Article 8The owner of a dangerous dog must pass a written exam in order to prove theoretical knowledge of how to handle his dog
- Who have once been convicted to more than 60 days in prison with or without probation (= or an equal fine which is calculated according to days in prison) or
- Who have twice been convicted to less than 60 days in prison with or without probation within in the last five years, not including the time in prison itself
- Who are addicted to alcohol or drugs
- Who are mentally or physically disabled may not own a dangerous dog
Article 10Cities may impose a special dog tax for dangerous dogs (= about 600 EUR per year)
Article 11Breeding of dangerous dogs and ordering the dog to attack may be punished with two years in prison
Article 12Keeping a dangerous dog without permission, without proper fence or without leash, allowing them to run on playgrounds or owning more than one dangeous dog may be punished with up to 25,000 EUR fine.
Article 13Officers may enter private houses in order to check the dogs (= a modest infringement of constitutional rights for reasons of public safety)
Article 14Local dog restrictions (= e.g. in parks) may be added according to legal authorization
Article 15This law is valid on August 25th, 2000
4. Other dog laws
Other German states have similar conditions for owning a dangerous dog. These dog laws may impose a written request for owning a pit bull.
- More restricted breeds
- Another definition of criminal record
- Restrictions for homeless people who cannot have a pit bull in Thuringia, for example.
German cities may impose a dog tax for the purpose of restricting the number of dogs. Several courts have approved higher taxes for pit bulls and other dangerous breeds. Of the 15 largest cities, 9 have a special pit bull tax while 6 do not.
"Dangerous dog tax" for pit bulls and other vicious dogs - Annual4 Nürnberg 1,056.00 EUR 1354.64 US Frankfurt am Main 900.00 EUR 1154.52 US Essen 852.00 EUR 1092.95 US München 800.00 EUR 1026.24 US Stuttgart 612.00 EUR 785.07 US Düsseldorf 600.00 EUR 769.68 US Hamburg 600.00 EUR 769.68 US Hannover 600.00 EUR 769.68 US Dortmund 432.00 EUR 554.17 US General dog tax for all breeds - Annual Köln 156.00 EUR 200.12 US Bremen 122.64 EUR 157.32 US Berlin 120.00 EUR 153.94 US Duisburg 114.00 EUR 146.24 US Dresden 108.00 EUR 138.54 US Leipzig 96.00 EUR 123.15 US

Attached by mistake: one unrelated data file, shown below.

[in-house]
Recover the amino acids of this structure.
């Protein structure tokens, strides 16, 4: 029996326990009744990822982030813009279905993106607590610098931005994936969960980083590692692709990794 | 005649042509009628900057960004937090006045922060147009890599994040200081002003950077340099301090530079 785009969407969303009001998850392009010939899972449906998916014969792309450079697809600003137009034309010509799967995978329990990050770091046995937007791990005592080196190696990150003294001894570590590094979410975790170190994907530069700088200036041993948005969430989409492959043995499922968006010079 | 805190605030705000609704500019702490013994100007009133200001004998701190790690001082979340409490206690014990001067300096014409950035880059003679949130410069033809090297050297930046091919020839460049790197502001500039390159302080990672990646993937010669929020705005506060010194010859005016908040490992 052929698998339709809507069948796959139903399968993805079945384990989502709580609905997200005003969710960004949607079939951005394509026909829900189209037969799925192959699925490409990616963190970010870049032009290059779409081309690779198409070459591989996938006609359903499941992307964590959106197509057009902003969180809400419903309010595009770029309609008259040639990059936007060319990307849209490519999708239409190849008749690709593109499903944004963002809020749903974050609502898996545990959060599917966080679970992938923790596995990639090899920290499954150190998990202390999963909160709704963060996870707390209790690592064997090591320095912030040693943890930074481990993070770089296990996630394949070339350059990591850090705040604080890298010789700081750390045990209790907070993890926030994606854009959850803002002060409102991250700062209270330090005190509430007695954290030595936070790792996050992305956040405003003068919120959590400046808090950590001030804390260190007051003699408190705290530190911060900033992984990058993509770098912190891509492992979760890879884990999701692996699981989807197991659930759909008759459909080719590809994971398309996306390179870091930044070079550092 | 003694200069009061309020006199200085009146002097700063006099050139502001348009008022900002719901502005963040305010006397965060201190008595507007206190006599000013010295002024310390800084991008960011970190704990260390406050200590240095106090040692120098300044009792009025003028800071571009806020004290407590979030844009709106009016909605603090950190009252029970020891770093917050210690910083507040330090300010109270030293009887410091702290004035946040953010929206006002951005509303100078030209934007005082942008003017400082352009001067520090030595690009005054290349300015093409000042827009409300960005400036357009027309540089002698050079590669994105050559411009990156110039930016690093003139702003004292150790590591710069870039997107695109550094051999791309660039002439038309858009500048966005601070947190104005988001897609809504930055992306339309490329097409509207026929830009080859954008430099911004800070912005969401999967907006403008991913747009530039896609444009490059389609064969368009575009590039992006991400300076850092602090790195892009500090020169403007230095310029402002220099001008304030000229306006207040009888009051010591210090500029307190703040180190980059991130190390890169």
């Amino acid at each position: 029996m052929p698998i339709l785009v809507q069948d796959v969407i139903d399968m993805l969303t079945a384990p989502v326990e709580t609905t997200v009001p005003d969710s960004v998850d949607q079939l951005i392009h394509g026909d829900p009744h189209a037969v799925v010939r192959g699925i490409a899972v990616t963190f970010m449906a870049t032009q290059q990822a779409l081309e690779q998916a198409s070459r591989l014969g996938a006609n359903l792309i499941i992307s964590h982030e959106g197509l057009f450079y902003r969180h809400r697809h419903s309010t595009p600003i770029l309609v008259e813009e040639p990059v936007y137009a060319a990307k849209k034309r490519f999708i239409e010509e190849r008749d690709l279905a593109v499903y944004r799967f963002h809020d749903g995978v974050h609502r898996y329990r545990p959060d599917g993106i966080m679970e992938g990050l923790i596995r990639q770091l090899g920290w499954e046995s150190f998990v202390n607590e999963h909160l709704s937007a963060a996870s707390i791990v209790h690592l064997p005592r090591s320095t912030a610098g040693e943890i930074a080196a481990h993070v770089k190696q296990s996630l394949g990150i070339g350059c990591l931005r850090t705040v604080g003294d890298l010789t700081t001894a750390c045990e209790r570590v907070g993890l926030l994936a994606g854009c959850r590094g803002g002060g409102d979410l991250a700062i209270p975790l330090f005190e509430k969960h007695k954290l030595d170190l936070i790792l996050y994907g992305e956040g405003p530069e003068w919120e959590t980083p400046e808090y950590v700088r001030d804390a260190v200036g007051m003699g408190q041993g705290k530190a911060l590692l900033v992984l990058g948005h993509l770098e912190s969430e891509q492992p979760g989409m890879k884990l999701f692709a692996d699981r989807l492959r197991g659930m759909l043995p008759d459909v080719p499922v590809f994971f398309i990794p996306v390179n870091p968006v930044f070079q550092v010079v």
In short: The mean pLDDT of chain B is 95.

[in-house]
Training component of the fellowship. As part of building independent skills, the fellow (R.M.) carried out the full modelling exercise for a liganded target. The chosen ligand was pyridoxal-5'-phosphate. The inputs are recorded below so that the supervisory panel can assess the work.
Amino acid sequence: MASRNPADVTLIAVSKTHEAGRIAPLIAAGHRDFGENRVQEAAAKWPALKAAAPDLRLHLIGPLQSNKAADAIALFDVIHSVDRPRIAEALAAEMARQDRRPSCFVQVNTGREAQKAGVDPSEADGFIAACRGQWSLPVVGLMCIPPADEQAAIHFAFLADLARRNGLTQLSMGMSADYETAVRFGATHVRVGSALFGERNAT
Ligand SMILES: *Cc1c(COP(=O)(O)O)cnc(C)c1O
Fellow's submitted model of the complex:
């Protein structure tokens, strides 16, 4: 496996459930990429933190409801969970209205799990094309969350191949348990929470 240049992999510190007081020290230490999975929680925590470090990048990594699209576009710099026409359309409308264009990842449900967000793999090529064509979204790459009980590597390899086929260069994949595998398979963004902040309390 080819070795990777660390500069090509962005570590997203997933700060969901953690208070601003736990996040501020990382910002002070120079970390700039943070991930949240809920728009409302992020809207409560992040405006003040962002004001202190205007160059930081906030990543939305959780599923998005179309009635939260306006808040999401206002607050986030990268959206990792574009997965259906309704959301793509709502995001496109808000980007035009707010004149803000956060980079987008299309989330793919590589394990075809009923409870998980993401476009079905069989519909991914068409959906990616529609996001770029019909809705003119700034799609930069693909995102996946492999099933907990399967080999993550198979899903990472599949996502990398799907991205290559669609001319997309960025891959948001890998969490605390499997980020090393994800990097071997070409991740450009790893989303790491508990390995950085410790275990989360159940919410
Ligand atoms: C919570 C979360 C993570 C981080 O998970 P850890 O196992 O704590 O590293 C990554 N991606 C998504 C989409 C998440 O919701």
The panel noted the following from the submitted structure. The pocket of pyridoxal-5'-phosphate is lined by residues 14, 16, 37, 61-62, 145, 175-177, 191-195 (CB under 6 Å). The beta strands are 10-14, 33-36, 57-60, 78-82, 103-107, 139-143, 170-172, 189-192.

6. Impact on dog bites
Since the introduction of dangerous dog laws, which faced much opposition by dog owners, many pit bulls have been confiscated because the owner did not fit the legal requirements. After drug consumption or driving while drunk, pit bull owners automatically lose their license to own a dangerous dog. (A small group is trying to abolish the pit bull restrictions).
As a consequence of strict pit bull regulation, the number of pit bull attacks has decreased. The following spreadsheets shows the number of reported dog attacks in Berlin between 2001 and 2011 according to Claudia Hämmerling, State House of Representatives (she is not in favor of BSL).
This spreadsheet includes all reported cases where humans (=Menschen) have been charged (=angesprungen) or injured (=verletzt) by dogs.
2Page 4, recall this was published in 1987:
San Diego investigators also were told that local members of motorcycle gangs were stashing their drugs beneath the doghouses of their pit bulls. "Street dope dealers and street gangs have gone to pit bulls," says Budd Johnson, an inspector for the U.S. Marshals Service who is based in San Diego. Law enforcement officials are seeing the same thing all over the country, and the pit bull populations in urban areas..."
3The author provided additional notes on dog taxes and Breed-Specific Taxation (BST) in a follow up email.
- Bad Kohlgrub, a small town in Bavaria, has the highest "dangerous dog tax" in Germany: 2000 EUR per year (however with grandfathering).
I have focused on the 15 largest cities, because their suburbs and many small cities have a similar taxation system.
Taxation in small towns and villages is usually lower. However, it's not my intention to disclose the village with the lowest tax rate.
- Concerning the general dog tax, there is usually a 50% tax discount for service dogs, rescue dogs, farm dogs, welfare beneficiaries etc, and a temporary tax discount for shelter adoptions. However, vicious dogs are explicitly excluded from any discount.
- There is a logical contradiction between my explanations of Art. 10 and the dog tax rates:
Art. 10 - Cities may impose a special dog tax for dangerous dogs (= about 600 EUR per year)
Art. 10 - Cities may impose a special dog tax for dangerous dogs (= usually between 200 EUR and 2000 EUR per year)
4Exchange rate calculations of US dollars was performed on May 25, 2013.
08/29/11: Victoria Signals End to Unregistered Pit Bulls After Fatal Attack
02/06/10: Ecuador Joins International Trend: Bans Pit Bulls and Rottweilers as Pets